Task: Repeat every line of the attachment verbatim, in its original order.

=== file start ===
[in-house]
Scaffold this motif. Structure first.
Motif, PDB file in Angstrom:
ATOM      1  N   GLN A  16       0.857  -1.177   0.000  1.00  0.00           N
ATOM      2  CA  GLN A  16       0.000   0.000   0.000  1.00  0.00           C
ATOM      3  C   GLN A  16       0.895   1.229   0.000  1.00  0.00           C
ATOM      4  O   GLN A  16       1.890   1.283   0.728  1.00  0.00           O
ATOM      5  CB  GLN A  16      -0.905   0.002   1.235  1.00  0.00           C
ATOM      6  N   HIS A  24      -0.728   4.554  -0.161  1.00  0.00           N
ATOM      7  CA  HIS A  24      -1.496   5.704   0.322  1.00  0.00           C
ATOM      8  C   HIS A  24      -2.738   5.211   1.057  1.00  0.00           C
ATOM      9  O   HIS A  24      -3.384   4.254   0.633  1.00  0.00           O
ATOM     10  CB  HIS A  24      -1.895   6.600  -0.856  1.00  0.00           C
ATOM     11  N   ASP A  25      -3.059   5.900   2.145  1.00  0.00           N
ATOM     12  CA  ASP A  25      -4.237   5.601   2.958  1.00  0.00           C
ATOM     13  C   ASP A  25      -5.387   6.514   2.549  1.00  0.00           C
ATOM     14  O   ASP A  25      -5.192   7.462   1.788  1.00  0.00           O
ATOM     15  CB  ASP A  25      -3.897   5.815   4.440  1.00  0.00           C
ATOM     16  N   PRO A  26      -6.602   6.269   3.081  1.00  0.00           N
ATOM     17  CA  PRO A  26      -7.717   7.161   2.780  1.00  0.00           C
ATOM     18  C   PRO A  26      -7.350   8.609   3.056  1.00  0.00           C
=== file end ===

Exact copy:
[in-house]
Scaffold this motif. Structure first.
Motif, PDB file in Angstrom:
ATOM      1  N   GLN A  16       0.857  -1.177   0.000  1.00  0.00           N
ATOM      2  CA  GLN A  16       0.000   0.000   0.000  1.00  0.00           C
ATOM      3  C   GLN A  16       0.895   1.229   0.000  1.00  0.00           C
ATOM      4  O   GLN A  16       1.890   1.283   0.728  1.00  0.00           O
ATOM      5  CB  GLN A  16      -0.905   0.002   1.235  1.00  0.00           C
ATOM      6  N   HIS A  24      -0.728   4.554  -0.161  1.00  0.00           N
ATOM      7  CA  HIS A  24      -1.496   5.704   0.322  1.00  0.00           C
ATOM      8  C   HIS A  24      -2.738   5.211   1.057  1.00  0.00           C
ATOM      9  O   HIS A  24      -3.384   4.254   0.633  1.00  0.00           O
ATOM     10  CB  HIS A  24      -1.895   6.600  -0.856  1.00  0.00           C
ATOM     11  N   ASP A  25      -3.059   5.900   2.145  1.00  0.00           N
ATOM     12  CA  ASP A  25      -4.237   5.601   2.958  1.00  0.00           C
ATOM     13  C   ASP A  25      -5.387   6.514   2.549  1.00  0.00           C
ATOM     14  O   ASP A  25      -5.192   7.462   1.788  1.00  0.00           O
ATOM     15  CB  ASP A  25      -3.897   5.815   4.440  1.00  0.00           C
ATOM     16  N   PRO A  26      -6.602   6.269   3.081  1.00  0.00           N
ATOM     17  CA  PRO A  26      -7.717   7.161   2.780  1.00  0.00           C
ATOM     18  C   PRO A  26      -7.350   8.609   3.056  1.00  0.00           C